Two UC Davis School of Medicine faculty members and a dean emeritus of the school have been recognized with the 2015 Hibbard Williams Extraordinary Achievement Award and the C. John Tupper Prize for Excellence in Teaching.
The Williams Award went to Thomas Nesbitt, Associate Vice Chancellor for Strategic Technologies and Alliances, and Joseph Silva, Jr., dean emeritus of the School of Medicine. The Tupper Prize was awarded to Colleen Sweeney, professor of biochemistry and molecular medicine.
Named for the second dean of the medical school, the Williams Award recognizes exceptional faculty contributions beyond traditional teaching and research roles. One nomination for Nesbitt cited “his exceptional contributions as a physician and member of the family practice faculty, an innovator and founding expert in the field of telehealth, and a leader of UC Davis Health System.”
Another nominator offered reflections on his personal interactions with Nesbitt.
“I was amazed at the time he spent making sure I felt comfortable embarking on a project he had initiated. He dedicated many hours in making sure I was up speed on his project, a project he quickly changed into ‘our project.’” The nominator added, “His passion in alleviating health care disparities is unrelenting, his commitment to education is unfathomable, and his true-to-life interactions with his colleagues are genuine. There are few people that have such a broad and powerful impact on so many lives.”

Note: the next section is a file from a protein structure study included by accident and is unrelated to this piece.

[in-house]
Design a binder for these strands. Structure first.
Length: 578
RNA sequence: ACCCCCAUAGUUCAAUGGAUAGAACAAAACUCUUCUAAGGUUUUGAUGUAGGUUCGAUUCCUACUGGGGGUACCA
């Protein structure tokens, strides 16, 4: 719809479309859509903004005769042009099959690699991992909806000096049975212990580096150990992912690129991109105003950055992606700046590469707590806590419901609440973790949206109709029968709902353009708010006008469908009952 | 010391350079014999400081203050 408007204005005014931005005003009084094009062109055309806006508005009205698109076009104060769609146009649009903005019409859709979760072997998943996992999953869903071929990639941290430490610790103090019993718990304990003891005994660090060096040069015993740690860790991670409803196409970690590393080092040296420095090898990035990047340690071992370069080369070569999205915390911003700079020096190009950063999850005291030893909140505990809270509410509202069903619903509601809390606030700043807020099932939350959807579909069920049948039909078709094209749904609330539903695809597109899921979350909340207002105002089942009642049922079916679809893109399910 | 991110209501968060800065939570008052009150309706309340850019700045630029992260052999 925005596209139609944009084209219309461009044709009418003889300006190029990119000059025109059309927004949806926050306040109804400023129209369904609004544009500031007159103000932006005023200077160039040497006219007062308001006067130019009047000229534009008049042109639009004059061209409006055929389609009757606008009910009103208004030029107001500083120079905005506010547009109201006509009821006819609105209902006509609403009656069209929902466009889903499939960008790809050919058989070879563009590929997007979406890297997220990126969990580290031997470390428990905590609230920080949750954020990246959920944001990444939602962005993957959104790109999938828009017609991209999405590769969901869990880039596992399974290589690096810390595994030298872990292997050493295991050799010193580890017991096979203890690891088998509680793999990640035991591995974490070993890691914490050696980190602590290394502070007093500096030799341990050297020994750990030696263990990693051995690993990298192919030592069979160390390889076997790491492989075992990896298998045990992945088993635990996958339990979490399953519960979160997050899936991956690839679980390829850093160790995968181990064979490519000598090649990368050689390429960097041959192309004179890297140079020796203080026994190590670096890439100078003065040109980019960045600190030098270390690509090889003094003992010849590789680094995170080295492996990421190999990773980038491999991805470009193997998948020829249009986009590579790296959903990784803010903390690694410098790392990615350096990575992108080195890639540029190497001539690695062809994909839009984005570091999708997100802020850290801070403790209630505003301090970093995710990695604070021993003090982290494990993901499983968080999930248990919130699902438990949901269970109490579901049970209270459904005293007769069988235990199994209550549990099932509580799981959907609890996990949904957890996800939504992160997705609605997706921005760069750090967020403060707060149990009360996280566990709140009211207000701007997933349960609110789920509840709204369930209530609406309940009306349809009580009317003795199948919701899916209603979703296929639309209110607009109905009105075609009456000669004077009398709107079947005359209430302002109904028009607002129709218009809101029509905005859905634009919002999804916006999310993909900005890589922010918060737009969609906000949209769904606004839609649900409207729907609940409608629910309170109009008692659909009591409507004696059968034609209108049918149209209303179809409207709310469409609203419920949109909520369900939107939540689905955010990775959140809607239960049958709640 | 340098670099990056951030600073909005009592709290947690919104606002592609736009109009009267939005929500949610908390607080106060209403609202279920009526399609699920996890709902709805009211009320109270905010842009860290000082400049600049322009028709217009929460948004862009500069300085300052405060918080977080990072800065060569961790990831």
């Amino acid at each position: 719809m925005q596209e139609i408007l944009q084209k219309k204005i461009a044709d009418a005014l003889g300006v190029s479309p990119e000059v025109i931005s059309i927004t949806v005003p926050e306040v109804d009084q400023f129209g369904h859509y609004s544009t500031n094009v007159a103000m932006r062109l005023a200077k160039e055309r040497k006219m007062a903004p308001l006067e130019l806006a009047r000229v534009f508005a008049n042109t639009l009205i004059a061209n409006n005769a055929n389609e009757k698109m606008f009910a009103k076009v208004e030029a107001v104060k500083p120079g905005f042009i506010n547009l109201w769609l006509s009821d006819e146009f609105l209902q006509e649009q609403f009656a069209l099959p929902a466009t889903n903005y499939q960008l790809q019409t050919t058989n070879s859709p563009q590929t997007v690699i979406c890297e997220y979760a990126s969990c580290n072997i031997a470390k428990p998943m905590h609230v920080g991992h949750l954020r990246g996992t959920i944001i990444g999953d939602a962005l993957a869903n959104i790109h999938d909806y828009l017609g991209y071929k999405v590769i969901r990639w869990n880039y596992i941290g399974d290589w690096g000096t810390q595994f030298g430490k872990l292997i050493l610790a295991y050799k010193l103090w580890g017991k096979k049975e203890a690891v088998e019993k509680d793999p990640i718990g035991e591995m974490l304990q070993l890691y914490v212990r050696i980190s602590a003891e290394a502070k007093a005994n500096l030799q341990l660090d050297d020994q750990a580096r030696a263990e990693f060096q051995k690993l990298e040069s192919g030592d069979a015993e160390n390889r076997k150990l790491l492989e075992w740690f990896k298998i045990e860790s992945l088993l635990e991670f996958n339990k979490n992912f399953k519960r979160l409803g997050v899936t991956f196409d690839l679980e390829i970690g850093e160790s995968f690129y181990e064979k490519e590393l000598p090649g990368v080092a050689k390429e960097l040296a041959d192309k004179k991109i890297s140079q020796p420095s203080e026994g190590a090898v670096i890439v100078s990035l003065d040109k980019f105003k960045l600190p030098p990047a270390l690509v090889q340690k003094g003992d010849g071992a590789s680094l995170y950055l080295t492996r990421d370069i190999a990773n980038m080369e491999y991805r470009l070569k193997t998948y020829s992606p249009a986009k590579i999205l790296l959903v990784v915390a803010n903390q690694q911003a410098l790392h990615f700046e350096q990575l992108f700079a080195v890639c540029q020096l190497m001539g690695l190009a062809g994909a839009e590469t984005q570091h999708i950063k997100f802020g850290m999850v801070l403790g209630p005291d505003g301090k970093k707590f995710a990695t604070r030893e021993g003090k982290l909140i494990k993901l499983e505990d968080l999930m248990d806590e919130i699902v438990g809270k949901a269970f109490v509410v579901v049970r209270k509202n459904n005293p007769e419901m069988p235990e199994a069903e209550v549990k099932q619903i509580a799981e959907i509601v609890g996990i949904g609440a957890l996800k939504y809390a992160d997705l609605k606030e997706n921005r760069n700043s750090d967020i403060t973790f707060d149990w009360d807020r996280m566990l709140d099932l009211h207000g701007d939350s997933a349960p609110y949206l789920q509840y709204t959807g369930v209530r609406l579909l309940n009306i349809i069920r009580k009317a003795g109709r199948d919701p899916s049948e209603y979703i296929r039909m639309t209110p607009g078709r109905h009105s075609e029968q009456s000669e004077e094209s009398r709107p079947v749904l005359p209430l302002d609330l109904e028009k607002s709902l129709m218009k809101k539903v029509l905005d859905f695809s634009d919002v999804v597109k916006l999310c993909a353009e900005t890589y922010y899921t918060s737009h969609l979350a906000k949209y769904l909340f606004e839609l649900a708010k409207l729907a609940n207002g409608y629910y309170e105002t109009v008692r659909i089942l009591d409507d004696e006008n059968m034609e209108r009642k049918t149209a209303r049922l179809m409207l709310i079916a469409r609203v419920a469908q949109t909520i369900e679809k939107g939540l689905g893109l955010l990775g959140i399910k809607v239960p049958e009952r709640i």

One nomination for Silva noted that he “worked tirelessly to make UC Davis a leader in clinical care, research and education.” It cited his achievements while serving for 15 years as chair of the Department of Medicine, including the establishment of the Division of Clinical Nutrition, Emergency Medicine and Occupational Medicine; the development of close associations for medical student and residency training with Kaiser Permanente, the Martinez Veterans Affairs Clinic; the establishment of a residency program in emergency medicine; and the expansion of internal medicine faculty from 49 to 123, and fellows from 23 to 65.
“Among Dr. Silva’s greatest contributions is his nurturing of several generations of trainees and junior faculty,” the nomination states. “It takes but a cursory glance at the current UC Davis organizational chart to see Dr. Silva’s legacy. He demonstrates by example what it means to be a doctor, leaders and a human being.”
The Tupper Award, created by the founding dean of the medical school, recognizes sustained and enduring contributions to medical education. An important factor in the selection of award recipients is widespread recognition as an outstanding teacher.
One nomination for Sweeney states that she “has consistently demonstrated a sincere and significant commitment to education and has revolutionized the delivery and quality of medical biochemistry education at UC Davis, both through her own talents as a teacher and through her leadership of other faculty.”
Another nomination praises Sweeney “as an educator who truly cares about her students. Where she entered, excellence followed. She is both a gifted educator and a productive course director. I believe that Dr. Sweeney is a role model for the educational standards that we all hope to achieve.”